Are electronic signatures legal in Mexico?
There is no uniform Mexican law on e-signatures. E-signatures are instead administrated by a number of legal bodies and relevant laws/regulations.
Mexico’s legal model is an open one. This means that unlike a tiered model (that see’s Qualified Electronic Signatures as a legitimate form of e-signature), there aren’t any conditions for electronic signature types. And so a QES won’t receive legal status.
Mexico operates Civil Law systems, which are arranged according to a plan or a system and come from Roman law. Civil law systems are based on:
- Generally a written constitution based on specific codes (e.g. civil code, codes covering corporate law, administrative law, tax law and constitutional law) preserving basic rights and duties
- There is little scope for judge-made law in civil, criminal and commercial courts (only legislative enactments are considered binding for all)
- In some civil law systems, e.g. Germany, writings of legal scholars have significant influence on the courts
- Courts specific to the underlying codes – there are therefore usually separate constitutional court, administrative court and civil court systems that opine on consistency of legislation and administrative acts with and interpret that specific code;
- Less freedom of contract – many provisions are implied into a contract by law and parties cannot contract out of certain provisions.
A civil law system is generally more prescriptive than a common law system.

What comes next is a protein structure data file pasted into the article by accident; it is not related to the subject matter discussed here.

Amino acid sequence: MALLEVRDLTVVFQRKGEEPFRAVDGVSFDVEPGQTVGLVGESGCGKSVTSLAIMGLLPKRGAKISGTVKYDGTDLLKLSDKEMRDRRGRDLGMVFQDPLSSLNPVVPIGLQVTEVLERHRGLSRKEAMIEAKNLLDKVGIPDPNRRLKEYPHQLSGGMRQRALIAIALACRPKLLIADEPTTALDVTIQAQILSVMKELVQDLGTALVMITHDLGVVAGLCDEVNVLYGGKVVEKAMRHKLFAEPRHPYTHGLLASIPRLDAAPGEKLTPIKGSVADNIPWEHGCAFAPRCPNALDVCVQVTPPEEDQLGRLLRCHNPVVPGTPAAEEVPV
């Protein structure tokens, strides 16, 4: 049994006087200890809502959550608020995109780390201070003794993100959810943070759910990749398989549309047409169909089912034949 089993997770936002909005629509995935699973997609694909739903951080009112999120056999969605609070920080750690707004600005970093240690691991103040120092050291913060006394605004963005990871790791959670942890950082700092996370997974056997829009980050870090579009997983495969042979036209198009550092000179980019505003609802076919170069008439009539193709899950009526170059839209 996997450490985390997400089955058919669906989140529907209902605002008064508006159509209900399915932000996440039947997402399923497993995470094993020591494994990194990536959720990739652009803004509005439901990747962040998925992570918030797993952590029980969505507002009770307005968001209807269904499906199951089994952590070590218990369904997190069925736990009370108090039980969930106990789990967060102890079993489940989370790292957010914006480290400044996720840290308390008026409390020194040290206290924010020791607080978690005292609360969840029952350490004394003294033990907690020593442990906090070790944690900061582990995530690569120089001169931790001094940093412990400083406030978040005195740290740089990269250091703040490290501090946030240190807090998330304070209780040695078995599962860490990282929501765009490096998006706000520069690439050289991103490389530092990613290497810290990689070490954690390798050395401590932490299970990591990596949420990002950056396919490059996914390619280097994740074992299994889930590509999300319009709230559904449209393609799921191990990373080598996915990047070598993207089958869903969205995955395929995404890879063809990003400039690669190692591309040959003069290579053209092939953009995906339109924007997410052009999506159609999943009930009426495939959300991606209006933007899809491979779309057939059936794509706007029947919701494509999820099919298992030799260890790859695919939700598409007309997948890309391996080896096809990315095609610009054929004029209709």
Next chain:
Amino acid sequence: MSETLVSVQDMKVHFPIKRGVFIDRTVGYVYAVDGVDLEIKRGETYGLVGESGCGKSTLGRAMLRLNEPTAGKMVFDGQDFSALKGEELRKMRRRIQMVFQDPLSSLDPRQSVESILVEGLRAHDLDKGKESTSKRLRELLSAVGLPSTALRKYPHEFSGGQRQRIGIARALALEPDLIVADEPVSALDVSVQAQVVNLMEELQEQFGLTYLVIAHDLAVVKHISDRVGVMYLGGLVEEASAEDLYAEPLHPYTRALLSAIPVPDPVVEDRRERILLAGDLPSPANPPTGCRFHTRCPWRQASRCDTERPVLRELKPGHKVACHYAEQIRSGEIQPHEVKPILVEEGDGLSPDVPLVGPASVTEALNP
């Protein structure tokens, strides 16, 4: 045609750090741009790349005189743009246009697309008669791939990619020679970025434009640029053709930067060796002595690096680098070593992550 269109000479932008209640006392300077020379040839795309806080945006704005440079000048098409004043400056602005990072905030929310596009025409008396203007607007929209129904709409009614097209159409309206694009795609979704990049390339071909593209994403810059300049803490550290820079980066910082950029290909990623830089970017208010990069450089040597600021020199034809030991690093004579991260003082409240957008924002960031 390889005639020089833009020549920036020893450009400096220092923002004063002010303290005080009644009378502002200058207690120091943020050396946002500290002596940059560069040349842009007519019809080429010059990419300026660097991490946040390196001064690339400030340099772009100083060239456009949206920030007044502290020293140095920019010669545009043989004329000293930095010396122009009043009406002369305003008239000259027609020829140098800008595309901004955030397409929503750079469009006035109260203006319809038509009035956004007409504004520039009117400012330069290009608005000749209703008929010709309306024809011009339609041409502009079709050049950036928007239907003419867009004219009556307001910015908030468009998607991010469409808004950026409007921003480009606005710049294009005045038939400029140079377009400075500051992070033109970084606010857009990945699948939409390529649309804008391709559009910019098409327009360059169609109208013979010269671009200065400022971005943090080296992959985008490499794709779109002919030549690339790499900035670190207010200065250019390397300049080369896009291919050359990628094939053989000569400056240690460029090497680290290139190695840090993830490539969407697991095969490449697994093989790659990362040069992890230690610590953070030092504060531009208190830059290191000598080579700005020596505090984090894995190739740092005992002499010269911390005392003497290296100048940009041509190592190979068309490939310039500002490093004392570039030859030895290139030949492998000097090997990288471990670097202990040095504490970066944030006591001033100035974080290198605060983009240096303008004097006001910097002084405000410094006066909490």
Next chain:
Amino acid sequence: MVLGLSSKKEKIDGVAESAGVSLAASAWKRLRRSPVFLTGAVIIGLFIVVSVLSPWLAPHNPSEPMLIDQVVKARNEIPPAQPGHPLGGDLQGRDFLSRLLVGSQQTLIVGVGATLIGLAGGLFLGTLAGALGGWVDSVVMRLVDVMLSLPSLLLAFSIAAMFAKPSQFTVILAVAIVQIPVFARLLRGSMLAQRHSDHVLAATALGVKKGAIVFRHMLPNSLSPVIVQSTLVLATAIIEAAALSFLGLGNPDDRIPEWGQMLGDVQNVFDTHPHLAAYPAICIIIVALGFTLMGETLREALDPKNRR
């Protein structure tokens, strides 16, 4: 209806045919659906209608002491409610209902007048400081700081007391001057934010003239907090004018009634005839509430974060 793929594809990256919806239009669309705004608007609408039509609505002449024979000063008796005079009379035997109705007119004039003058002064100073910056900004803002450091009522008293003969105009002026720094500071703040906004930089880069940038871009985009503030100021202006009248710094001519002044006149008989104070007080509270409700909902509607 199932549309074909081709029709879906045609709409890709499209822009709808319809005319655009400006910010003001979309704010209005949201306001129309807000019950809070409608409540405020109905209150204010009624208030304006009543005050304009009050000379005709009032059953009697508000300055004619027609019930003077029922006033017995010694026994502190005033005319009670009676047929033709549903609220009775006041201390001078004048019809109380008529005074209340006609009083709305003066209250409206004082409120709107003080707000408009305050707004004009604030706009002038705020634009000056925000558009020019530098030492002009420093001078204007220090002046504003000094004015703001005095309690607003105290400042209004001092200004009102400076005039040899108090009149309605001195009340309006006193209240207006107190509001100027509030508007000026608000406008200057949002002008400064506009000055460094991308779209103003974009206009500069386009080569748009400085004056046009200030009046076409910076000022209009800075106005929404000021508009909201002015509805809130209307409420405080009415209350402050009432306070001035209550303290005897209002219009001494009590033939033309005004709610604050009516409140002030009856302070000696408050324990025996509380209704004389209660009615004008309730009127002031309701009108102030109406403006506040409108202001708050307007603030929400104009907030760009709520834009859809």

There are a number of provisions implied into a contract under the civil law system – this will often result in a contract being shorter than one in a common law country.
Mexican law highlights that electronic contracts usually be seen as such as long as legally able individuals have reached an agreement. This can be by agreeing verbally, electronically or by physically signing something (Section 1803 of the Mexican Civil Code).
Under Section 89 and 1205 of the Commerce Code and 40 of the Federal Administrative Litigation Procedural Law, it states that electronic documents can be submitted as evidence to support the legitimacy of a contract.
DISCLAIMER: The information in the legality guides are for general information purposes only and are not intended to serve as legal advice. Laws governing electronic signature may change quickly, so Signable cannot guarantee that all the information on this site is current or correct. If you have specific legal questions about any of the information on this site, you should consult with a licensed attorney in your area.
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